Jesus Unmasked: Episode 2 – Pride and the Nonviolent God of Jesus

Jesus Unmasked: Episode 2 – Pride and the Nonviolent God of Jesus June 28, 2019

Welcome to Jesus Unmasked, a weekly exploration of scripture that delves into Jesus’s life and teachings. Over the centuries, Jesus has been obscured by prejudice and bigotry. God in flesh, crucified by human violence, has been invoked to inflict ever more violence on others. Racism, homophobia, transphobia, xenophobia and prejudice against people of other faiths have all been waged in the name of Jesus. These forms of fear and hatred are masks that obscure the truth: that Jesus is Love Embodied. We seek to pull back the masks that hide and distort Jesus so that his love can be revealed and we can follow in his way. We unmask Jesus even as Jesus unmasks us, lifting the blinders of prejudice from our own eyes. We welcome you to join us live, Wednesdays at 10:30 AM CT, on the Raven Foundation Facebook page. This episode explores Luke 9:51-62 and Galatians 5:1, 13-25.

Show Notes

We celebrate that LGBTQ community every month, but it’s the last week of Pride Month. And we have some fascinating Bible passages to discuss in relation to our dear LGBTQ siblings!

Luke 9:51-62: Unlearning a Violent God

Let’s send some Shock and Awe on those Samaritans!

If you do that, Jesus will rebuke you. Hard.

Jesus and his buddies journey to Samaria and enter some villages seeking some good old hospitality and to spread the Good News. But one Samaritan town says, “No thank you!” and sends Jesus and his friends on their way.

John and James – the “Sons of Thunder” – want some divine revenge on those Samaritan jerks! So they say to Jesus, “How about we call on Heaven to send some fire down on those ungrateful Samaritans?!?”

And, you know, the Sons of Thunder had some biblical precedent for this request. Sodom and Gomorrah, anyone? There some Christians (a growing minority, thank God!) who claim that Sodom and Gomorrah is about homosexuality. But it’s not. Do you remember what happened? Some angels came to visit Sodom. They were going to sleep for the night in the town square, but Lot told them that was a very bad idea. Why? Because the men of the town were not very nice.

The men of Sodom were actually heterosexuals. They had children and wives. But they wanted to show the newcomers who was boss of Sodom. The men of Sodom were not homosexuals living in same-sex committed relationships. Rather, they were heterosexuals who used rape to gain power over these strangers.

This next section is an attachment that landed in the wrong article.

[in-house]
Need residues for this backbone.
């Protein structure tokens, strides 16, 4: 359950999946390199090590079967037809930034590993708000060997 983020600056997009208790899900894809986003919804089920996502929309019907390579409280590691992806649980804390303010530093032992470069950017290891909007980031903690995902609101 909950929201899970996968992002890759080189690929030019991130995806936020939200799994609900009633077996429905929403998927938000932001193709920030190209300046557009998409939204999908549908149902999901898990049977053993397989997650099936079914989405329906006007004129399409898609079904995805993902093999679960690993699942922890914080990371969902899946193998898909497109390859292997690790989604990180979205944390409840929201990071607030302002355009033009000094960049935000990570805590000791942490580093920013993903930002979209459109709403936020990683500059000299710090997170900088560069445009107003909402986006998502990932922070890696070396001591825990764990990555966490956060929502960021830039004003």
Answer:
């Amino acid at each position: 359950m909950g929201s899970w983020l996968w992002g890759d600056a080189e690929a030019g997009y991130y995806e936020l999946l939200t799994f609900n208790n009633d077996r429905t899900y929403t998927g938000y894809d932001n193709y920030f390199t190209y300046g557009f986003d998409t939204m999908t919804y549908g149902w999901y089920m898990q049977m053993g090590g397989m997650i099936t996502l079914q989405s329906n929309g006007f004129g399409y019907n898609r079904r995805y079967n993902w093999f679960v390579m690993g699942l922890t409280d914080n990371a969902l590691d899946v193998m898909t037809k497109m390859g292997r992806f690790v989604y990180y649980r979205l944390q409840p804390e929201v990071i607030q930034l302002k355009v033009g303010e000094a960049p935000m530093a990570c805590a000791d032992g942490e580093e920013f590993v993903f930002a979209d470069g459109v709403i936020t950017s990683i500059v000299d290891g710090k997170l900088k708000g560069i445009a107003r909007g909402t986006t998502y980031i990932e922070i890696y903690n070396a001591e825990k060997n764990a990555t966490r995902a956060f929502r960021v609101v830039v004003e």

The sin of Sodom and Gomorrah was not homosexuality. It was the fact that they refused to show hospitality. And in Genesis, God basically imitates the men of Sodom – only instead of rape, God murders them with fire from heaven.

And so James and John want to do the same thing to this Samaritan town. And why not? God did it before. Shouldn’t God do it again?

Jesus says “No.” This story is part of the radical transformation of the human understanding of God that Jesus brings to us. As Yoda says, “You must unlearn what you have learned.”

Jesus came to help us unlearn violent images of God. That’s why Jesus rebuked his own disciples. You can picture Jesus #facepalm in response to James and John’s request. “You guys still don’t get it.” After Jesus rebuked them, some ancient manuscripts have Jesus explain, “You do not know what spirit you are of, for the Son of Man has not come to destroy the lives of human beings but to save them.”

Jesus rebuked his disciples because they wanted to destroy human life. And Jesus rebukes us when we want to destroy other. Some Christians today refer to the Sodom and Gomorrah story as justification to be against the LGBTQ community, but Jesus reveals that we can no longer read the story that way. We must unlearn the violent understanding of God so that we can come to know the God of Jesus, who has nothing to do with violence. Or, in the words of the prophet Hosea, so that we can learn about the God who “desires mercy, not sacrifice.”

Galatians 5:1-13-25: The Fruit of the Spirit

Paul goes straight to the point by cribbing something Jesus said. “For the whole law is summed up in a single commandment, ‘You shall your neighbor as yourself’” (v. 14).


But Paul liked to talk. A lot. And he didn’t think it was enough. So he went on to tell us all kinds of ways that we fail to love our neighbors as ourselves. You are probably familiar with the list – sexual immorality, idolatry, dissensions, factions, envy, anger, drunkenness. Paul makes a large list and then gives up by concluding “and things like these.”

Basically, just don’t be a jerk, okay guys?

But have you ever been drunk? Maybe sexually immoral at some point? Have you ever been angry? Maybe you fear that you have committed the “unforgivable sin,” whatever that is.

Relax. Paul says that those who “do” such things will not inherit eternal life. The word for “do” in Greek is “peripateo.” It means “to walk.” Are you walking in a way that consistently leads you to neglect the law to love your neighbor as yourself? Paul simply lists what that “walk” looks like so that we can choose to walk a different path.

Then Paul creates a contrast. Paul says that the Spirit of God can be seen by its fruits. And you carry those fruits. Like in a basket? Is that how the metaphor works? I don’t know. But the fruits of the spirit are “love, joy, peace, patience, kindness, generosity, faithfulness, gentleness, and self-control.”

So, let’s stop calling for Heaven to send fire on our enemies. That’s not what God is like. And let’s relax, because God loves you. The fruit of the Spirit is already alive in you. You are loved. Relax into that love as you walk the path of sharing that love with your neighbors.

Photo by Fatih Özdemir on Unsplash

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